IRC Seminar, presented by Dr Leonie Gerhards: "Keep Them out of It! How Information Externalities Affect the Willingness to Sell Personal Data Online"
|Date||9 November 2023|
|Time||13:00-14:00 (Timezone: Europe/London)|
When individuals provide their personal data online, they often disregard the fact that this allows third parties to learn about others, too. Our large-scale online experiment reveals that individuals are less willing to sell personal data when sharing can compromise others' privacy, entailing personalized price discrimination. Compared to a benchmark without data compromise, individuals' willingness to sell data decreases in scenarios in which others' data is compromised with 50% and 100% probability, respectively. By applying two well-studied interventions – peer effects and a social norm focus – we explore ways to mitigate excessive data sharing, laying the ground for the design of effective policies. While peer effects on average increase individuals' willingness to share personal data, making people reflect on the appropriate behaviour appears a promising policy approach.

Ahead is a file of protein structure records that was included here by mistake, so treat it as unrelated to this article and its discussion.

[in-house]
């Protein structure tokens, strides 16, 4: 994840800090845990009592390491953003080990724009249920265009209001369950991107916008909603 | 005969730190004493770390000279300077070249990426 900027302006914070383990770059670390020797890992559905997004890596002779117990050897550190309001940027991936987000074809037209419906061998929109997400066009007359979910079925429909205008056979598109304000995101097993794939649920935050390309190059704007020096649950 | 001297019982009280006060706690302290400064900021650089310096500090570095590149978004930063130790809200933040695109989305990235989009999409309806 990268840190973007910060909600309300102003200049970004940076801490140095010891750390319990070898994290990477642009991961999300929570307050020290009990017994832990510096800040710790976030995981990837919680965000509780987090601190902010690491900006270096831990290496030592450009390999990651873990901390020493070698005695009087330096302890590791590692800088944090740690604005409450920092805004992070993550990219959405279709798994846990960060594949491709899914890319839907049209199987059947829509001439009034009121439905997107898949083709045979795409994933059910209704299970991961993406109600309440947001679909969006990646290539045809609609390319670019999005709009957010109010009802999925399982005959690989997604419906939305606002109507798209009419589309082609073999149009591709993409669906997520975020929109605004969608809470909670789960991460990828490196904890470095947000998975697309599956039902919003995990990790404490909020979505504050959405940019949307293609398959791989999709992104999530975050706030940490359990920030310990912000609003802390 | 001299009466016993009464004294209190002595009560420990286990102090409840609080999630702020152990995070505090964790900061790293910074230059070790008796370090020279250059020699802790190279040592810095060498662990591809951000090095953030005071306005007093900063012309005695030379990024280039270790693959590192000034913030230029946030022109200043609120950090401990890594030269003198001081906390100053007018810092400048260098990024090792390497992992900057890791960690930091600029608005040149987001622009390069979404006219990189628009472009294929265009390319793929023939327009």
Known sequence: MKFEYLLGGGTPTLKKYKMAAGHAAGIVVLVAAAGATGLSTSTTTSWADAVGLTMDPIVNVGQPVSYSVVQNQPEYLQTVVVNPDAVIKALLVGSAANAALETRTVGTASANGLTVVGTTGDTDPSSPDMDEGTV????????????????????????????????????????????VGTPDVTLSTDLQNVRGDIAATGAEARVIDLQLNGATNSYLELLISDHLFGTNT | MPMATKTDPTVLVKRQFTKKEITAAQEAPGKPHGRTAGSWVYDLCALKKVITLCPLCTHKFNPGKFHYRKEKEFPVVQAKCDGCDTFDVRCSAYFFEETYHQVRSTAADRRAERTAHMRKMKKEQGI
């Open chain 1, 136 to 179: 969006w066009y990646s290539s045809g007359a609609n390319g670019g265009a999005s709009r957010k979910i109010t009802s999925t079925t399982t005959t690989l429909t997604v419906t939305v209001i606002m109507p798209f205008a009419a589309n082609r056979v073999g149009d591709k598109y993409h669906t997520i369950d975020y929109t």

The project is joint work with Tim Friehe and Franziska Weber.
Short bio on Presenter: Leonie Gerhards joined King's Business School as Lecturer in Economics in November 2021. Her goal is to generate novel and sound scientific insights on the behavioural factors that influence individuals’ behaviour in organisations and in society in general. In order to study a research topic under investigation, she mainly uses theory-informed, controlled experiments.
Her main research areas include:
- Organisational economics
- Overconfidence and response to feedback
- Social norms and the law
- Political economy
Leonie's research has been published in several journals including The Economic Journal, The European Economic Review, and Experimental Economics. Several of her articles and projects have been featured in blogs and newspapers (in English and other languages). After studying Economics at the University of Bonn, Leonie completed a PhD in Economics at Goethe University Frankfurt and then worked as a postdoc at Aarhus University and the University of Hamburg.